Donor Hepatectomy

The living donor right hepatectomy should be a meticulous and careful operation. Following routine exploration of the abdomen, the hilum of the liver is addressed. The components of the portal triad are identified. Because of synthetic requirements associated with graft volume, the right lobe of the donor liver is routinely removed for LDLT.

The right branch of the hepatic artery, the right branch of the portal vein, and the right hepatic duct, are dissected but not divided. Care should be taken not to extend the plane of dissection to the left of the right portal hepatic structures. This way, injury and devascularization of the extrahepatic biliary tree is avoided. Once the right lobe is mobilized from the retroperitoneal attachments, the right hepatic vein is carefully dissected. Attempts should be made to avoid entering or injuring the IVC. The anterior surface of the IVC is dissected off the liver. The caudate lobe hepatic veins draining directly into the IVC are suture ligated and divided. The liver parenchyma is then divided. Multiple methods of transection are available, ranging from dissection and suture ligation to use of ultrasonic dissectors, harmonic scalpels, or other high energy devices. During the surgery, intraoperative ultrasound imaging can be used to guide the surgeon through the plane of tran-section, usually lateral to the middle hepatic vein. The vessels are clamped, the allograft removed, immediately flushed with preservation fluid, and placed in a preservation fluid bath on ice.

Certain controversies exist in regard to the technical aspects of this operation. In our institution, the donor hepatectomy of choice for an average size adult is the right hepatectomy. The intraoperative cholangiogram, in addition to determining the number and orientation of the bile ducts, allows us to better identify the bile duct bifurcation and therefore minimize dissection and devascularization. The use of the Pringle maneuver in hepatectomies for other indications is common. However, the potential ischemic injury to the graft makes most transplantation surgeons very reluctant to adopt this technique in living liver donation. Recent reports have demonstrated the safety of this technique in the donor with no adverse effects in the recipient. Most likely more transplantation centers will be adopting this technique in the near future.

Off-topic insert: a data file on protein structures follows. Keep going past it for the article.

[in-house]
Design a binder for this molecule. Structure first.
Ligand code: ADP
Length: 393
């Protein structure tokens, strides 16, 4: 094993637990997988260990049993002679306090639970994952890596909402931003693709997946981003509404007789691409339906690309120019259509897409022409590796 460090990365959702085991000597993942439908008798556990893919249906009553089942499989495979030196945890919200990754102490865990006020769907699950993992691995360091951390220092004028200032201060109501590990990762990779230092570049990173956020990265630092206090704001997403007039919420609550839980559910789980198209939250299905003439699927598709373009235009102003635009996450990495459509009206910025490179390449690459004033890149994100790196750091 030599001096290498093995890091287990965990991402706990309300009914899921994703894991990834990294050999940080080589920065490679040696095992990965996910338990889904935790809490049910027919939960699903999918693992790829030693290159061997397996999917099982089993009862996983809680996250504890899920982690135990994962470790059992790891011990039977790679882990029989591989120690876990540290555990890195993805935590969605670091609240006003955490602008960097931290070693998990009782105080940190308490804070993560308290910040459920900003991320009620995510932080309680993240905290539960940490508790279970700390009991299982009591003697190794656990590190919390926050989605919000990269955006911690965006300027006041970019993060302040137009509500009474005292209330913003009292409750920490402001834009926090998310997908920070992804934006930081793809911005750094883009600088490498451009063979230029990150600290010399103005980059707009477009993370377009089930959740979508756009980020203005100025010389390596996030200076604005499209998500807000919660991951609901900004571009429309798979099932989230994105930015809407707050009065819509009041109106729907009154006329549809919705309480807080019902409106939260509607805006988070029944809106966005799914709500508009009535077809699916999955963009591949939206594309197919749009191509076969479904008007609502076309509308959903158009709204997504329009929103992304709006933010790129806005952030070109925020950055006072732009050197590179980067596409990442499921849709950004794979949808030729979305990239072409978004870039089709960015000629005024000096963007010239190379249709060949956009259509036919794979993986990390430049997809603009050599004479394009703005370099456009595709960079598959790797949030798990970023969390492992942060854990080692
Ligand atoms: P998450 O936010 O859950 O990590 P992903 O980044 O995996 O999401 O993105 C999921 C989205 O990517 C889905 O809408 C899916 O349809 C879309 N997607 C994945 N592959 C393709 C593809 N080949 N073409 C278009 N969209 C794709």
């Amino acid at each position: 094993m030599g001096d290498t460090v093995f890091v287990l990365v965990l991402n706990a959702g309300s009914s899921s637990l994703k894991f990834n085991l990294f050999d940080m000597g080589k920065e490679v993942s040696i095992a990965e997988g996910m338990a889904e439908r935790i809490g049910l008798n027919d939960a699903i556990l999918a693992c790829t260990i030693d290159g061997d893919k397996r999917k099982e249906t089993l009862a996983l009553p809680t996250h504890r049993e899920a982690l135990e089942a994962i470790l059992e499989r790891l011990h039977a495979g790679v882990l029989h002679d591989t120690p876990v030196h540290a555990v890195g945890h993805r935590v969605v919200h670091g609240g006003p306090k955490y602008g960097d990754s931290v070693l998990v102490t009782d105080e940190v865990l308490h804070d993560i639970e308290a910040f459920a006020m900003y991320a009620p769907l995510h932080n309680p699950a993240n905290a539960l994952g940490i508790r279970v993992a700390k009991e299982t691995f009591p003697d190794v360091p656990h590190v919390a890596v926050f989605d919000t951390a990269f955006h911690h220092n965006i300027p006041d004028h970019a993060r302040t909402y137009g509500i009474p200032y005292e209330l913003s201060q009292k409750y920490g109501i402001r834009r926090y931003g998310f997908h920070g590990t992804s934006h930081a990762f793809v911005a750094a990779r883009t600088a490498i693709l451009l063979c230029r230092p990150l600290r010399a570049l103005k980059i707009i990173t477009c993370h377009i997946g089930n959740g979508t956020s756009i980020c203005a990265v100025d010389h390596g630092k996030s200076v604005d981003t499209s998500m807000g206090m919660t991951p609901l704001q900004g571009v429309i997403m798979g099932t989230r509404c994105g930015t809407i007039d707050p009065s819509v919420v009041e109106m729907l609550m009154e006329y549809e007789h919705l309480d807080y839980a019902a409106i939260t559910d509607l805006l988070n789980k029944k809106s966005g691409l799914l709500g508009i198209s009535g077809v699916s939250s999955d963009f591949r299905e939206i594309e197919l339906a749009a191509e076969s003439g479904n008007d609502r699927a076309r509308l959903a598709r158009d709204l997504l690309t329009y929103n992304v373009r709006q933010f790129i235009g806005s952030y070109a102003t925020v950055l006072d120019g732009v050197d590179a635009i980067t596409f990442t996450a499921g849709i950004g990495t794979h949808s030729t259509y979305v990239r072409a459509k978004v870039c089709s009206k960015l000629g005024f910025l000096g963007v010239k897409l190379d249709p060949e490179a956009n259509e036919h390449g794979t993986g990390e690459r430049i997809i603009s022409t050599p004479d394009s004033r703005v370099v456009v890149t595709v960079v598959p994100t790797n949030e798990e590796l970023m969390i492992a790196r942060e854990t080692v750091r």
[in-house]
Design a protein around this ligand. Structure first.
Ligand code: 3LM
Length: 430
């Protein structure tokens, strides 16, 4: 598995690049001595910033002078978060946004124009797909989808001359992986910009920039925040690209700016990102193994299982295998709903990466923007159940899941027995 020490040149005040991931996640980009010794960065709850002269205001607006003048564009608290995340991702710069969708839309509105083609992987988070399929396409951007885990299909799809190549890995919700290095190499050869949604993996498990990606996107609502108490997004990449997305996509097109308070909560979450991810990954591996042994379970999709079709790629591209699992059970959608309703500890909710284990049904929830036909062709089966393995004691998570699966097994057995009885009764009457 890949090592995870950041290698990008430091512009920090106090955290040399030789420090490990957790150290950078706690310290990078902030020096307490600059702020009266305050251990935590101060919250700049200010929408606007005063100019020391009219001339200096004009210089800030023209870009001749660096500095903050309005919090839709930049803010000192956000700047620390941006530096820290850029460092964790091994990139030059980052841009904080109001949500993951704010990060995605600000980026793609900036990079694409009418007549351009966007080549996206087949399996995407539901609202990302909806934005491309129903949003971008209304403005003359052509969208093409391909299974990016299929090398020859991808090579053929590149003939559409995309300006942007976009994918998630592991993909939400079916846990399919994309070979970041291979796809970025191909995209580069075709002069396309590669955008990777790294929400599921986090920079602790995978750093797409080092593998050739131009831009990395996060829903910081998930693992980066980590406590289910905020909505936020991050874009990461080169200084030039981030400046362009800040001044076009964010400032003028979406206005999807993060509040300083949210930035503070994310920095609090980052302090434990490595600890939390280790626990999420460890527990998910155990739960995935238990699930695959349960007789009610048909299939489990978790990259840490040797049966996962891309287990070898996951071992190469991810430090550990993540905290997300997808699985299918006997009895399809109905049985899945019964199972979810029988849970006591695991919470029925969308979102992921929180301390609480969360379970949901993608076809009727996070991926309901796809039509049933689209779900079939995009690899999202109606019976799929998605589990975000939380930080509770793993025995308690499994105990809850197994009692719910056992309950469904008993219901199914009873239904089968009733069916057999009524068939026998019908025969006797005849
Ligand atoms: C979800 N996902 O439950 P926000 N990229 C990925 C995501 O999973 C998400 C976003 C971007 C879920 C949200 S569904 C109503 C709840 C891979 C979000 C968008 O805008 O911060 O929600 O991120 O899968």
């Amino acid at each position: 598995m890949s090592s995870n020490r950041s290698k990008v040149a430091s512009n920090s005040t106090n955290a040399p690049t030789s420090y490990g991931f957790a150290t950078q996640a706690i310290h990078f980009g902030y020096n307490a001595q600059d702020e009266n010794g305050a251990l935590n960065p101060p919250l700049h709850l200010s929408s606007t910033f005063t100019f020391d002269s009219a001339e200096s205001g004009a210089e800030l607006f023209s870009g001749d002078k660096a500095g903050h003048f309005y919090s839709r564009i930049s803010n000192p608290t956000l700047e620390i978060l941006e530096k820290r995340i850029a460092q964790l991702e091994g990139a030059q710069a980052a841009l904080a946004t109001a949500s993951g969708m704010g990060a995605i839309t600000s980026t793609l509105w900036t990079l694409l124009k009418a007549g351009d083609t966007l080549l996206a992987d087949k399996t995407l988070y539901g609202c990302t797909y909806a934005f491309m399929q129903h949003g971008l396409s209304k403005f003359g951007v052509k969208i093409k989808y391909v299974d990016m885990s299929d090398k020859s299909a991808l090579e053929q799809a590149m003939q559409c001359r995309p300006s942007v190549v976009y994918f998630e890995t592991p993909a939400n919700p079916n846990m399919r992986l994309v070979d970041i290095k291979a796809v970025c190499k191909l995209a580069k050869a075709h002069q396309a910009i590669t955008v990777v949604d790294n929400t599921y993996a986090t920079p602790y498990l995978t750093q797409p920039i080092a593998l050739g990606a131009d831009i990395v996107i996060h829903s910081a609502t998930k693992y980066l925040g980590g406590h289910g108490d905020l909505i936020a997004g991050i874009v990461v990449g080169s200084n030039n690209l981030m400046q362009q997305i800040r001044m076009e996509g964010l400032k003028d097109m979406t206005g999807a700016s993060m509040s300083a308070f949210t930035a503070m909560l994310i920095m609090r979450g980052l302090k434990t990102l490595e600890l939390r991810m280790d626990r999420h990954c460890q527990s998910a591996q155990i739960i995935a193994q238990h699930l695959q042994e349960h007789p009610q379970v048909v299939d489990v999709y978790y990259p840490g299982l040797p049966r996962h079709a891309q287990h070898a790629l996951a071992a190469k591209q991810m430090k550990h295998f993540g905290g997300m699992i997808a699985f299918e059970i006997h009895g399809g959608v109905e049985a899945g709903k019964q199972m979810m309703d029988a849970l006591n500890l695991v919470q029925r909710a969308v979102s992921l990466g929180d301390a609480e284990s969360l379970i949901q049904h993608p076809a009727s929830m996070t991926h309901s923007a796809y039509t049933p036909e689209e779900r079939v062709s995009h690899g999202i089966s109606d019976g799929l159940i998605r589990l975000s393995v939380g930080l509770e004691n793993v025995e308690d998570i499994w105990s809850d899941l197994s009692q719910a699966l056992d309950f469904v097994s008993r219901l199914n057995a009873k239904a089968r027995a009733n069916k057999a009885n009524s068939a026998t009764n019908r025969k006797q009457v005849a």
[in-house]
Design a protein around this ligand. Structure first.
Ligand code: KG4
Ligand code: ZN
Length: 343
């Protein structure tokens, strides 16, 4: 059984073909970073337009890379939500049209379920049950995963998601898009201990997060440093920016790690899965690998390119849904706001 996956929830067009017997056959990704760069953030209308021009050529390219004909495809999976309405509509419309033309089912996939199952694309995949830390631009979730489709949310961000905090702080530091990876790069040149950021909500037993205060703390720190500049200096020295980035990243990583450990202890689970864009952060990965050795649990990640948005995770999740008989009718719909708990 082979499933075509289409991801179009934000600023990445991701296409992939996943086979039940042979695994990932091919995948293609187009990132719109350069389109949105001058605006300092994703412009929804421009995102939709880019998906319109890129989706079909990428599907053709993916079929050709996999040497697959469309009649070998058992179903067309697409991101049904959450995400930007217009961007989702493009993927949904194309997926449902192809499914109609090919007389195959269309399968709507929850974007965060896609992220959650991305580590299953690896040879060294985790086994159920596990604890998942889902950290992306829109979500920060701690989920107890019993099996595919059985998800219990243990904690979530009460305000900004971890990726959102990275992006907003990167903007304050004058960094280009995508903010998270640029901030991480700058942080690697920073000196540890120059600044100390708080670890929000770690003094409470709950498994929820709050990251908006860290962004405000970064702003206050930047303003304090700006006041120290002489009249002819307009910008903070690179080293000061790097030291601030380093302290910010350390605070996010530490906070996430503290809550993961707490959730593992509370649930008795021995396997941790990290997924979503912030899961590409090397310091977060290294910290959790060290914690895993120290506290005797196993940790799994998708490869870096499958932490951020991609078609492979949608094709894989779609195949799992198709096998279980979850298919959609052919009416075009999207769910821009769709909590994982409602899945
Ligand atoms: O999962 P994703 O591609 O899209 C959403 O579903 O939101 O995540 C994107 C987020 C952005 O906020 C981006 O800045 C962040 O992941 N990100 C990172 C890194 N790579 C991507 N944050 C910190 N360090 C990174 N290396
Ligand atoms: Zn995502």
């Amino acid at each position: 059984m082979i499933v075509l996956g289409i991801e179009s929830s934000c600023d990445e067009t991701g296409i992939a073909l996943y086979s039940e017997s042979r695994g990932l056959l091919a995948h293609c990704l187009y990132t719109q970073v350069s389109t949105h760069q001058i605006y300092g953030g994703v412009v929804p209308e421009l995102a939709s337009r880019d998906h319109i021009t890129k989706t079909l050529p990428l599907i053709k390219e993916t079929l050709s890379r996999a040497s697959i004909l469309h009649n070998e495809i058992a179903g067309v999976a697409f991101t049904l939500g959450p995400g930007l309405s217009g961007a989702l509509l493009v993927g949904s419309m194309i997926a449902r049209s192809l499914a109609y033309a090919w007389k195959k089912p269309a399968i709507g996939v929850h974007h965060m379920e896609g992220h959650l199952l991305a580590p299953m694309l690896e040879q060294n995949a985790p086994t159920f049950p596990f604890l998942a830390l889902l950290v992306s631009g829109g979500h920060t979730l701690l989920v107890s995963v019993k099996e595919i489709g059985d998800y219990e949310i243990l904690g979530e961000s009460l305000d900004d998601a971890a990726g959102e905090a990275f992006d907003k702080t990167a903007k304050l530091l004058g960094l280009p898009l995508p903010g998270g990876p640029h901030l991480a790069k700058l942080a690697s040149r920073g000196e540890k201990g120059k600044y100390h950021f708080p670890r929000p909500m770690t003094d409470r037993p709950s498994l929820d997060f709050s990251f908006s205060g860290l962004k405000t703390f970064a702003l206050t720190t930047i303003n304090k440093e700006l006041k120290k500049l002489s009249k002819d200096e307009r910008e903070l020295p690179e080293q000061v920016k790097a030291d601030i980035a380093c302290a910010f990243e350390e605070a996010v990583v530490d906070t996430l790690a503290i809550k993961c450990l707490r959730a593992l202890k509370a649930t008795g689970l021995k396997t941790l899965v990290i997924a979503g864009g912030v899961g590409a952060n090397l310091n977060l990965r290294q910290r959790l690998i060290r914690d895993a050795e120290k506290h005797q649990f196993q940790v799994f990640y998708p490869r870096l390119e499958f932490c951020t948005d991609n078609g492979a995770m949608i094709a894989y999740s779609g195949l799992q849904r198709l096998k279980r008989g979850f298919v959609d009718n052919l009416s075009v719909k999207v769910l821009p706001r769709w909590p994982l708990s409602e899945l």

Different techniques and surgical equipment can be used at the time of parenchymal transection. In our institution, we have modified our approach as we face the significant learning curve of the operation. Currently, we use no Pringle maneuver; the floating ball device (radio frequency with saline) is used for the most anterior and superficial part of the transection and the CUSA dissector for the deepest and perivascular dissection. To minimize bleeding at the time of parenchymal transection, a low central venous pressure (4 to 5 mm Hg) is maintained.

Poor hepatic venous outflow in the recipient can lead to hepatic graft swelling and graft failure. All efforts should be made to maximize hepatic venous outflow. The middle hepatic vein is routinely preserved with the donor. However, some Asian centers feel strongly about incorporating the middle hepatic vein with the graft. Accessory hepatic veins > 5 mm in diameter draining directly to the vena cava should be preserved and reimplanted in the recipient IVC. Controversy exists in the need to preserve and reimplant the anterior sector (segment V, VIII) hepatic veins draining to the middle hepatic vein.

Constipation Prescription

Constipation Prescription

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